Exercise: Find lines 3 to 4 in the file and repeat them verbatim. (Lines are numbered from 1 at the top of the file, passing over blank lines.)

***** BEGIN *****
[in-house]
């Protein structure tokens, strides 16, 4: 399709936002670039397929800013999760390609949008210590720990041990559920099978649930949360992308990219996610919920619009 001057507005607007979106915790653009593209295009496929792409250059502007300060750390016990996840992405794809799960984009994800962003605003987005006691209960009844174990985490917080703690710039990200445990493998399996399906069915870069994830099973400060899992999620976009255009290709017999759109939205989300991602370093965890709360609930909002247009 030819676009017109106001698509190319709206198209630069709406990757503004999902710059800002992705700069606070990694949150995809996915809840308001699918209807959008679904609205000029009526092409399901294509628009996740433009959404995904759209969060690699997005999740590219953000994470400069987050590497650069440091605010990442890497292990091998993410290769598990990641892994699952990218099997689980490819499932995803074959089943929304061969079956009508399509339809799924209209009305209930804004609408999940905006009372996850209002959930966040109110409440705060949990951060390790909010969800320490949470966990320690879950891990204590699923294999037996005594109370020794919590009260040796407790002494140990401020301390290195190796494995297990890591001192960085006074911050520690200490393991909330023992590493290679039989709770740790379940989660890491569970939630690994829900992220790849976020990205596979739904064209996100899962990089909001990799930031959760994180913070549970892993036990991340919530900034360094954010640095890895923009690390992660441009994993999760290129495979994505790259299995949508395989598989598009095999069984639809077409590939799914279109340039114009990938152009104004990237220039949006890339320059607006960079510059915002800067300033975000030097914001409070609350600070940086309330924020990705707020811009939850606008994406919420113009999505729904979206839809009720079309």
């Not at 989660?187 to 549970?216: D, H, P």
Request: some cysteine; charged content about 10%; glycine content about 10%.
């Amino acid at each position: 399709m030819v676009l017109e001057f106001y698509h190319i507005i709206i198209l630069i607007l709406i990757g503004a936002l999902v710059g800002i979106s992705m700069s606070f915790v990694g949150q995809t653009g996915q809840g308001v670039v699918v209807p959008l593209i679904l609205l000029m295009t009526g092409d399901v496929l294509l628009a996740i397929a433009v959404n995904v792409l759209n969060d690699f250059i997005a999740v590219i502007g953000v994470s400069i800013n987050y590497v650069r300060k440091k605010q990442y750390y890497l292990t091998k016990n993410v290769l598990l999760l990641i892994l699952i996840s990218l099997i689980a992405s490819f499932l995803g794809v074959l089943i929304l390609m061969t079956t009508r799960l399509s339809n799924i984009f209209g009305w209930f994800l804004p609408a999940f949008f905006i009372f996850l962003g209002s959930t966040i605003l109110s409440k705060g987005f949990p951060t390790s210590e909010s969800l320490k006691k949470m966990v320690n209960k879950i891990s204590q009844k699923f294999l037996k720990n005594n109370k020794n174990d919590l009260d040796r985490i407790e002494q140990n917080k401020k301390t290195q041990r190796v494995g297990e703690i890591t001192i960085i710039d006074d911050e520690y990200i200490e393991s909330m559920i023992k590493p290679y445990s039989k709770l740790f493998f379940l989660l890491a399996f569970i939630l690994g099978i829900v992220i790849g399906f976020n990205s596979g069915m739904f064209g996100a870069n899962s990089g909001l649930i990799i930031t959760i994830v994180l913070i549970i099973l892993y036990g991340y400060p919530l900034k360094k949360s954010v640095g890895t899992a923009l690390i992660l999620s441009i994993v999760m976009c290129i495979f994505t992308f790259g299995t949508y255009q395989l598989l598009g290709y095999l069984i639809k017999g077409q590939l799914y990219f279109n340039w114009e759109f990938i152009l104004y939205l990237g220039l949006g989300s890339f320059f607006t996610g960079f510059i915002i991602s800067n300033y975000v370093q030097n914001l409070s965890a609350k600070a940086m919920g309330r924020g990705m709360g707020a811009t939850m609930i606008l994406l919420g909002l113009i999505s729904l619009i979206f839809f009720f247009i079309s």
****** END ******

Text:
């Not at 989660?187 to 549970?216: D, H, P």
Request: some cysteine; charged content about 10%; glycine content about 10%.